Annual bonuses from your employer can be a real boost to your total income, even after the mandatory high tax withholding.  It is important however, to be careful not to lose sight of the meaning of “bonus”.  Bonuses should be viewed as extra, uncertain income that is above and beyond your salary.  It is easy for it to become an expectation, especially if you’ve received a bonus for a few years in a row.  The problem comes when you have adjusted your spending such that it becomes a necessary boost to your cash flow in order to make ends meet each year.  Your bonus should not, generally, be paying regular ongoing bills.  If you find that you are waiting impatiently for the bonus to arrive so you can pay off accumulated ongoing expenses, you may need to take a serious look at your current spending to find ways to rein in the totals to a more sustainable level.   The reasoning is simple, there may be years when the bonus doesn’t arrive, and you can’t have that event be the unraveling of your financial future.

Restricted Stock/Performance Stock:

Many corporations use a combination of cash bonuses and stock grants as a means of rewarding their best employees.  The stock grants, whether they are performance shares, non-qualified grants, or restricted stock units (RSUs), typically vest over a 3 or 5 year period of time.  This becomes a means for employers to incent employees to remain with the company, in order to meet the vesting requirements to receive these shares.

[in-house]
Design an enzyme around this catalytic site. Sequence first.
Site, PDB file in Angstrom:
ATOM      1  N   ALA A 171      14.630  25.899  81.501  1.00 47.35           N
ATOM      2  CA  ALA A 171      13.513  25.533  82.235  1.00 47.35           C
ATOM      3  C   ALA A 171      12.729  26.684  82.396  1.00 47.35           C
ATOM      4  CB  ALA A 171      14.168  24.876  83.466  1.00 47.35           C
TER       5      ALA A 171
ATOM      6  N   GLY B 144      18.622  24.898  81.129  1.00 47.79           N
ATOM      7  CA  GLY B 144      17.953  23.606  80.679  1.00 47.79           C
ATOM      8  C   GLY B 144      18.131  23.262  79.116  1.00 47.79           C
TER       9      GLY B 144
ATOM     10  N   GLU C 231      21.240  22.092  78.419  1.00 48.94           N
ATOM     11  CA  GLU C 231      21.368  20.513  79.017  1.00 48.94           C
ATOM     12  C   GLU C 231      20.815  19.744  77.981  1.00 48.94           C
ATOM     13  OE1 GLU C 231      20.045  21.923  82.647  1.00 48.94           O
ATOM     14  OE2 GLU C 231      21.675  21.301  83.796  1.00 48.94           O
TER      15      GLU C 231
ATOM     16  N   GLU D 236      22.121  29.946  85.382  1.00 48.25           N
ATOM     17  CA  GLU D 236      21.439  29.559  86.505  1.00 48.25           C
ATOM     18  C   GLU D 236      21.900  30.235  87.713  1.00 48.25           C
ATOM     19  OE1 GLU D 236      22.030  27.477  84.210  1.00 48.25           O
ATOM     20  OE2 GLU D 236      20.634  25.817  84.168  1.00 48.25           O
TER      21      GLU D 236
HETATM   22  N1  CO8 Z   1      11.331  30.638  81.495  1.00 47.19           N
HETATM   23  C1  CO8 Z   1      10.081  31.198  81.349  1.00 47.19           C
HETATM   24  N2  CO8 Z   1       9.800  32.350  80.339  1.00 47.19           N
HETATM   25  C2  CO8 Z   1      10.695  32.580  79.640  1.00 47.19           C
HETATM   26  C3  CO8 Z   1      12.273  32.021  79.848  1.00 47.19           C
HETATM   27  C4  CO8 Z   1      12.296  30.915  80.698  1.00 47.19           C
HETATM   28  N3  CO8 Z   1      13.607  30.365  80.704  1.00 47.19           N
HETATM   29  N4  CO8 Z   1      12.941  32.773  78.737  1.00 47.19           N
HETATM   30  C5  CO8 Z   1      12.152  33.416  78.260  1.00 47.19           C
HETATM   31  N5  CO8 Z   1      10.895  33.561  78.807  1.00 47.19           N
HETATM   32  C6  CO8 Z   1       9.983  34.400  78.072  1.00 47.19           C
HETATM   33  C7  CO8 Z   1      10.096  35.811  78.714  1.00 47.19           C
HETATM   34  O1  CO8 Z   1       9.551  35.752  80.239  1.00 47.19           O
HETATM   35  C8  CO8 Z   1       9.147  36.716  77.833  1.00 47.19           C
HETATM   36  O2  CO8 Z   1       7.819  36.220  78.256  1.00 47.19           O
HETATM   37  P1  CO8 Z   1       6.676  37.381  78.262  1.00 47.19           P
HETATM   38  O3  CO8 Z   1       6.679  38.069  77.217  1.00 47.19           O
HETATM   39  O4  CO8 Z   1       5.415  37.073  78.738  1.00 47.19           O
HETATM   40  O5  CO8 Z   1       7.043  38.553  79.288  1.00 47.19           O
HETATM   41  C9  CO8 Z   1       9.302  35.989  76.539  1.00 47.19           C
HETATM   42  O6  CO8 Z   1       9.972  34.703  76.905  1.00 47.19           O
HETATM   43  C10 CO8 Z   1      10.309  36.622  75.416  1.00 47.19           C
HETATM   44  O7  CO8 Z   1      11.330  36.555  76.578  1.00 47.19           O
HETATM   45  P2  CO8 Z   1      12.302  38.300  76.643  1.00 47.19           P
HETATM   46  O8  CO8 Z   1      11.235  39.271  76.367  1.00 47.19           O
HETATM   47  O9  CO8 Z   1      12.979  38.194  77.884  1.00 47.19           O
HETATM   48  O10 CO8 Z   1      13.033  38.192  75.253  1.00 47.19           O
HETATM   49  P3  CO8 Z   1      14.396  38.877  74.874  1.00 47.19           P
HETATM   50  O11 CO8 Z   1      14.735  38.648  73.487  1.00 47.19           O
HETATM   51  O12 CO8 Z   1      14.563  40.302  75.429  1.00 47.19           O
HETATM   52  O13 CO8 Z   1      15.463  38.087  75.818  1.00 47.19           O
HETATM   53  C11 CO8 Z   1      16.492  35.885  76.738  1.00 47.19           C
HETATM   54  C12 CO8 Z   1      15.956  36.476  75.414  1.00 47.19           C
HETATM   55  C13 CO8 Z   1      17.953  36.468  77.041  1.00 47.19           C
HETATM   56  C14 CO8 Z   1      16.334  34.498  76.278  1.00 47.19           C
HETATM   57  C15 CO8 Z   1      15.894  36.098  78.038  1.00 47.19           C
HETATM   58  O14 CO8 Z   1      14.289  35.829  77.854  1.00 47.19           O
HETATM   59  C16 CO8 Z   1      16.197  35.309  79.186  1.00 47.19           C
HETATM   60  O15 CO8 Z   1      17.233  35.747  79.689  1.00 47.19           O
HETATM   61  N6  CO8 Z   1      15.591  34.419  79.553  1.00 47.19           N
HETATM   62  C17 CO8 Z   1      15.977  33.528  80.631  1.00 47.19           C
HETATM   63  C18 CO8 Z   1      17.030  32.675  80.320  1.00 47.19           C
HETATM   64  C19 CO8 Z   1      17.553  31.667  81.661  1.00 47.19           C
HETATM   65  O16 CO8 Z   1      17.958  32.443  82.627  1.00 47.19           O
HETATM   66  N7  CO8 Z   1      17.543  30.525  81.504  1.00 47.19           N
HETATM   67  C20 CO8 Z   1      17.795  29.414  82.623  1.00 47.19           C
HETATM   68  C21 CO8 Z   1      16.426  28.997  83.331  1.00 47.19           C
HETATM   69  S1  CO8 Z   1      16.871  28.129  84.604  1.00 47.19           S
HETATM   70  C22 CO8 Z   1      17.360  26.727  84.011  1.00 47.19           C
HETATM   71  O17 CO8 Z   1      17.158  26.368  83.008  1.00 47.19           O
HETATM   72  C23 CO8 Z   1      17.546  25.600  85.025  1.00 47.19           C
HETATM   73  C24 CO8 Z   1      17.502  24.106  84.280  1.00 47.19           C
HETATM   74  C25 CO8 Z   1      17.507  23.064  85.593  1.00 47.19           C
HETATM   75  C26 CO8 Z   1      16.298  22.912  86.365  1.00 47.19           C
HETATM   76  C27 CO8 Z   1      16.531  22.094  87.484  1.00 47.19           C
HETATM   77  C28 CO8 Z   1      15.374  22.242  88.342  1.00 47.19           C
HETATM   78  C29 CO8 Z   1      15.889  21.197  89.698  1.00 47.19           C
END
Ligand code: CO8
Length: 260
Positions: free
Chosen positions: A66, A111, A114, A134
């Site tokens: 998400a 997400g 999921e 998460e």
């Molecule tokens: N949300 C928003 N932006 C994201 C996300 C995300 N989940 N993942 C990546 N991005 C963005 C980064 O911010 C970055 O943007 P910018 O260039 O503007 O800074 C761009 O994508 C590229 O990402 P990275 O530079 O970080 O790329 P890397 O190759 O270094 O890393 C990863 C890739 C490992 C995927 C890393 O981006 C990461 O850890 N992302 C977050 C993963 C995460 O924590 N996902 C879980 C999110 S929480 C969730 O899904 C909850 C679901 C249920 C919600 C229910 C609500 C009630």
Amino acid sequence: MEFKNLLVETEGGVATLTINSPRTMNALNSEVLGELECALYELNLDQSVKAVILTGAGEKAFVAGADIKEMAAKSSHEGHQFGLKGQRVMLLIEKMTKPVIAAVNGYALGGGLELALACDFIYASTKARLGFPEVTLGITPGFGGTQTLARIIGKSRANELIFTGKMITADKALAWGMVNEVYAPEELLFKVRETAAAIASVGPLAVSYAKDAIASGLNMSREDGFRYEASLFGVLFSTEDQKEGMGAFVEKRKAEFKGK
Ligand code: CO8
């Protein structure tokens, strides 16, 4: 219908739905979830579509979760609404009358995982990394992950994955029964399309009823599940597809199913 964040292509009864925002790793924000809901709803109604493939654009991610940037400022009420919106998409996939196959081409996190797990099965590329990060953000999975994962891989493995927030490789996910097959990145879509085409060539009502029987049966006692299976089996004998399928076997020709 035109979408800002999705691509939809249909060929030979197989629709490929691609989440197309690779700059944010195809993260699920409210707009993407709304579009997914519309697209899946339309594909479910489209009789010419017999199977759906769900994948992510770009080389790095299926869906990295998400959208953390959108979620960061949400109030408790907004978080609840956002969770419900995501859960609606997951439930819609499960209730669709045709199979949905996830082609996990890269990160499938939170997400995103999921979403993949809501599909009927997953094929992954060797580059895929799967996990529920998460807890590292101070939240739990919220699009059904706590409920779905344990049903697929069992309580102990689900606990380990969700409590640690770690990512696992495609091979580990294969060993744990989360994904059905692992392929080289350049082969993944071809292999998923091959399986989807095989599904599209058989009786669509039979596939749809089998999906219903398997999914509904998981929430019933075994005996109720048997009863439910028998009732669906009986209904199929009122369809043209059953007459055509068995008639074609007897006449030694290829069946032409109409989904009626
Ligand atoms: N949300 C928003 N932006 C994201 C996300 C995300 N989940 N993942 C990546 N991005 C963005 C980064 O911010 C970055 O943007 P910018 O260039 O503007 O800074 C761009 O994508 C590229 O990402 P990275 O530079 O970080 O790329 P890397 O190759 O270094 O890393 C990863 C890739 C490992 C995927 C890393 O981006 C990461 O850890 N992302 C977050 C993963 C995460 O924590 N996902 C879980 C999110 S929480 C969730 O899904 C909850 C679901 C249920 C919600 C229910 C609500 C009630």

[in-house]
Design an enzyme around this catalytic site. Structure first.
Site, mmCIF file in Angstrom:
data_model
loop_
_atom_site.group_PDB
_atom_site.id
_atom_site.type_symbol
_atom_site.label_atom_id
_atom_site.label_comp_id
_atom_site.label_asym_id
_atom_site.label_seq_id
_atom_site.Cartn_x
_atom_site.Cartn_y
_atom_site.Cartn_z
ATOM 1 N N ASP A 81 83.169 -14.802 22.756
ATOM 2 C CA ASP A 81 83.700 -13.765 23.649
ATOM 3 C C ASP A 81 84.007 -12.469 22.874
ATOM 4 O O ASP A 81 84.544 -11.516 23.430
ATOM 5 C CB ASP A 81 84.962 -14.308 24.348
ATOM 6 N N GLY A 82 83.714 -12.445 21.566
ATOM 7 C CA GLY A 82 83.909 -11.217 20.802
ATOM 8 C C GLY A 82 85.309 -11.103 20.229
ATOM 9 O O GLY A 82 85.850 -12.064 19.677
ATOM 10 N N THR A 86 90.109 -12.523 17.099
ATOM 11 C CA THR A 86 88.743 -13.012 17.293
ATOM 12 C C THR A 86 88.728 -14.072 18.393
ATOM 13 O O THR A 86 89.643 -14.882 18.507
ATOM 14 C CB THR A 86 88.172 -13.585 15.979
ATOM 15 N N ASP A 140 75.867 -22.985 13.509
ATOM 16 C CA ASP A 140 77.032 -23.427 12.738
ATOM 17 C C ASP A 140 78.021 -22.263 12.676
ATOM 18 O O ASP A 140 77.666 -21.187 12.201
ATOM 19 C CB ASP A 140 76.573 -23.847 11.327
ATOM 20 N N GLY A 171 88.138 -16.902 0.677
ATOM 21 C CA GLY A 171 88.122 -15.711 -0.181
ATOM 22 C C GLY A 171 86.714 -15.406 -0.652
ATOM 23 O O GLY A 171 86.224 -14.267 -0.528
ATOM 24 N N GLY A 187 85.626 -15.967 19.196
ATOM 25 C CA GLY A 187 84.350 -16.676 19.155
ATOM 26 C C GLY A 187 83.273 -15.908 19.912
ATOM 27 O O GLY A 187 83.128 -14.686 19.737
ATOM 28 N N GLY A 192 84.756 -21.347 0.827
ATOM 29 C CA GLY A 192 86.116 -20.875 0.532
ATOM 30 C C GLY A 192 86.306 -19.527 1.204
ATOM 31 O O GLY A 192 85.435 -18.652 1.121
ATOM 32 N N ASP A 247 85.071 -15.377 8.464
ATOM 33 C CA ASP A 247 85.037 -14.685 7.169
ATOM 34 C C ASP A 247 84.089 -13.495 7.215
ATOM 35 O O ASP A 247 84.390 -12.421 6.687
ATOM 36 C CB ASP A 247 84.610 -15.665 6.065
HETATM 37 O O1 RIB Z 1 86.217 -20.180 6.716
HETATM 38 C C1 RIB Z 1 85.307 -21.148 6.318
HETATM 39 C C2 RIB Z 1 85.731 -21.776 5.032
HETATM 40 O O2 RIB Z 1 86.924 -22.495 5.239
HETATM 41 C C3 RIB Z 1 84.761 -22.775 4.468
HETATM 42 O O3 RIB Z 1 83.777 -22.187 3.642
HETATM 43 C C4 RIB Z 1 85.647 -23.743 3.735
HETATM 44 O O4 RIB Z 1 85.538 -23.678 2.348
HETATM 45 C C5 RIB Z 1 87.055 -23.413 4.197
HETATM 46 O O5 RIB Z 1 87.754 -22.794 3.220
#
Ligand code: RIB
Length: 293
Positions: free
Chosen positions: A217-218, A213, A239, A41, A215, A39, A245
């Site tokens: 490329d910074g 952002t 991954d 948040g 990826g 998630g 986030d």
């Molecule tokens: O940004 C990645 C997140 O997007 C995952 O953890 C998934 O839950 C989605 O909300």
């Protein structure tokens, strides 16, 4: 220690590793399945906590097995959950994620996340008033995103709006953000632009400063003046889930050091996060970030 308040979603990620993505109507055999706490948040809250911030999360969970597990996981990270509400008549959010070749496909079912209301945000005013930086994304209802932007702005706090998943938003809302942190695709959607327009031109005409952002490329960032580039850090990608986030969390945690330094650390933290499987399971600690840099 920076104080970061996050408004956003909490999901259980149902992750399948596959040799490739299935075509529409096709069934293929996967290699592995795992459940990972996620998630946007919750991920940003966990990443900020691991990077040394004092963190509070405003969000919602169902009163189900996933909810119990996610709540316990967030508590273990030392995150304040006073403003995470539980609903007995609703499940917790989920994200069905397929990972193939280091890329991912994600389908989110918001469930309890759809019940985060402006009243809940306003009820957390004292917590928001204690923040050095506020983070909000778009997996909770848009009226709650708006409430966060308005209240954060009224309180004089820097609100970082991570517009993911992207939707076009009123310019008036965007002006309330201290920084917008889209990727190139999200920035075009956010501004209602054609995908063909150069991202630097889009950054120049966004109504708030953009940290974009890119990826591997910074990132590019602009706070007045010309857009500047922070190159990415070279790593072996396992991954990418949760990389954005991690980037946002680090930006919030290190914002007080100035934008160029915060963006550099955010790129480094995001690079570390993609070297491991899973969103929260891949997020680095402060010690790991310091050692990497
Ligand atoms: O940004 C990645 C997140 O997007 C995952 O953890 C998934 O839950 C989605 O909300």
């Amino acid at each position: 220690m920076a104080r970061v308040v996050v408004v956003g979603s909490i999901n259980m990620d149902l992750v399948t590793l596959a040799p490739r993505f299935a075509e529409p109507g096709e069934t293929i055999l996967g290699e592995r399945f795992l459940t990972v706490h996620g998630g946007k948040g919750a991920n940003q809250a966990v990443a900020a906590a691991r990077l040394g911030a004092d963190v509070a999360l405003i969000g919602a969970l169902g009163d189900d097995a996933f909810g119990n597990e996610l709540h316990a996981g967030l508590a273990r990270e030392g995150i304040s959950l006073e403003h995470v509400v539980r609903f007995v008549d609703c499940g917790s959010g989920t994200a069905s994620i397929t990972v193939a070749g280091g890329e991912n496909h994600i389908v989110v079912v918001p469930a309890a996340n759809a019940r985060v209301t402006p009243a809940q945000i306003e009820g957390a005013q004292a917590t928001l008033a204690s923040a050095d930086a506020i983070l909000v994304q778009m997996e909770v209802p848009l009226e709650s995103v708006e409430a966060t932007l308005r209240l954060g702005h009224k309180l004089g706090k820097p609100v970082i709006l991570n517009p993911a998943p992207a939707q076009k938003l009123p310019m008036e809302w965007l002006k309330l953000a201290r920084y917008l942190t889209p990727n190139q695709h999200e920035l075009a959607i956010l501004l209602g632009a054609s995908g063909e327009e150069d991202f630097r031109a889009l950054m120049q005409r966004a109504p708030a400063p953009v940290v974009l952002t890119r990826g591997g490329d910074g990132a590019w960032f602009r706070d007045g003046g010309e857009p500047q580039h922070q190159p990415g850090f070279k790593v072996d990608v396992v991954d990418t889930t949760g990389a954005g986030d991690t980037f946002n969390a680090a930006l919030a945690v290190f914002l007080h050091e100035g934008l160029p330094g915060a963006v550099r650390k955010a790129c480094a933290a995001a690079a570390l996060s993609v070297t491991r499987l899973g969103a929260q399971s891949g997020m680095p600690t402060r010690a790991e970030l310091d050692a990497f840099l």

When the restrictions lapse, these shares immediately become vested and typically trigger a taxable event for employees, as in the case of Restricted Shares or Performance Shares.  Depending on what you have selected, vested shares may be used to pay the associated taxes, with the remaining shares either being sold immediately to cash or held as shares of the employer stock.    If the resulting shares are being held once vested, you may be accumulating shares in your employer stock, which needs to be considered in your comprehensive financial picture.  You and your financial advisor should devise a stock liquidation strategy for your shares, to ensure you are periodically liquidating shares, taking into account any blackout periods you may be subject to, as well as capital gains status, continued grants you are receiving, and overall diversification.  It is important, no matter what the employer stock is, that you remember the need to diversify this aspect of your compensation when appropriate.  Because you have your human capital (your ability to earn an income) tied up in this employer, as well as many of your insurance coverages, your health benefits, etc.,  it is important that you don’t become overly weighted in this same employer financial capital as well.

 

In all cases where you have a significant amount of money arrive at once, you need to have thought through the destination for that money prior to receiving it, so you are able to act swiftly and allow it to be put to its highest use.  It may be eliminating a credit balance, making a Roth IRA contribution, or building up your emergency reserves or investment portfolio.  Talk with your advisor about best-use strategies for deploying excess cash, as well as an ongoing strategy for reducing exposure to your employer stock because of restricted or other types of share grants.  Since spring is upon us, we should all be planting seeds for a successful financial future. Click here to schedule a free appointment with one of Clearview’s NAPFA Registered Financial Advisors to discuss your situation.